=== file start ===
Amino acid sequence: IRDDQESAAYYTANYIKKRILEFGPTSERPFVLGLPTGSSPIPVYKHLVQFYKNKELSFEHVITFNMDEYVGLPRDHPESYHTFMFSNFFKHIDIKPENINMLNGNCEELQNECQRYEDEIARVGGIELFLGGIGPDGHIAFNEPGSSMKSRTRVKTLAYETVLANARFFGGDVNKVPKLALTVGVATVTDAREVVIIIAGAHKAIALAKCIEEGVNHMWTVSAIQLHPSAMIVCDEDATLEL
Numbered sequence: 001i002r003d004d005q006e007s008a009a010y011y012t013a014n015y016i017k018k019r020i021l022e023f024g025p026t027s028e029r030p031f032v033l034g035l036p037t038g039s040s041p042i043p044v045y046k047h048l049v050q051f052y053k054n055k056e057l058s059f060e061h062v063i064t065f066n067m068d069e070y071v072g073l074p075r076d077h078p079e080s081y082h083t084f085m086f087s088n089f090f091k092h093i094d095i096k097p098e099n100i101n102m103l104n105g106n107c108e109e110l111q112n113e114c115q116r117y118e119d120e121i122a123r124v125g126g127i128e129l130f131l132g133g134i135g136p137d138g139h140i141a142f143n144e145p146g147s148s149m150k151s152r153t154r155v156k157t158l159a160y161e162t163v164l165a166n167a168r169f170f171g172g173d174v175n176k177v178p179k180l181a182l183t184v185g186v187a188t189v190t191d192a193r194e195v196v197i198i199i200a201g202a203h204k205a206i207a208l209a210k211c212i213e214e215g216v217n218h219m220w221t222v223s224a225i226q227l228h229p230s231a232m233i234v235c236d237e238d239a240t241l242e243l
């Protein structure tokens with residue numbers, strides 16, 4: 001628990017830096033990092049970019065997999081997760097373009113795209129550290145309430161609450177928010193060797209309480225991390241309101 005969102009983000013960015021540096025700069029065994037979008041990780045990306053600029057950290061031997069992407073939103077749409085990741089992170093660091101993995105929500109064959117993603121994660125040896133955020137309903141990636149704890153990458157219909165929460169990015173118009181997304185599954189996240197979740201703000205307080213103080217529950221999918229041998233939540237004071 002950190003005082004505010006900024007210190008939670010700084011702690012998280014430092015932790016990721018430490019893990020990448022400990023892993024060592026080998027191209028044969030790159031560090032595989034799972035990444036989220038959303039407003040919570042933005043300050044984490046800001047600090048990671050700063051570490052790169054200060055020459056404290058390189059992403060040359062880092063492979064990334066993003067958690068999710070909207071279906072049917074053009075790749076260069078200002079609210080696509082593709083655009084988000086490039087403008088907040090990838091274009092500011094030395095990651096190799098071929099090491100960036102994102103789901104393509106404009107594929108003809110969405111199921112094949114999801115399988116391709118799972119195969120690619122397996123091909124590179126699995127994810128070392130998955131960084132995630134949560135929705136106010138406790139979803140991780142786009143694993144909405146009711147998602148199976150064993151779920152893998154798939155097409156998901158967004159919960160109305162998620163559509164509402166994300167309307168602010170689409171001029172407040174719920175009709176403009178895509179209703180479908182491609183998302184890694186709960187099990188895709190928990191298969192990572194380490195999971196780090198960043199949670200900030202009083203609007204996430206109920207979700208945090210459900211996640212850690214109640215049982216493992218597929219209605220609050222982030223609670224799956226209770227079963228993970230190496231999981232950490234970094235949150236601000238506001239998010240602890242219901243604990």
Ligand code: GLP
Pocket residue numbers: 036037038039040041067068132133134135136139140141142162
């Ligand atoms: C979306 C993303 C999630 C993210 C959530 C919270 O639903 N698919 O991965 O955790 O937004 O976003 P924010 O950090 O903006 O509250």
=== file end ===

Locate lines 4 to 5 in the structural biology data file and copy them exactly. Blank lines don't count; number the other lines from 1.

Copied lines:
Ligand code: GLP
Pocket residue numbers: 036037038039040041067068132133134135136139140141142162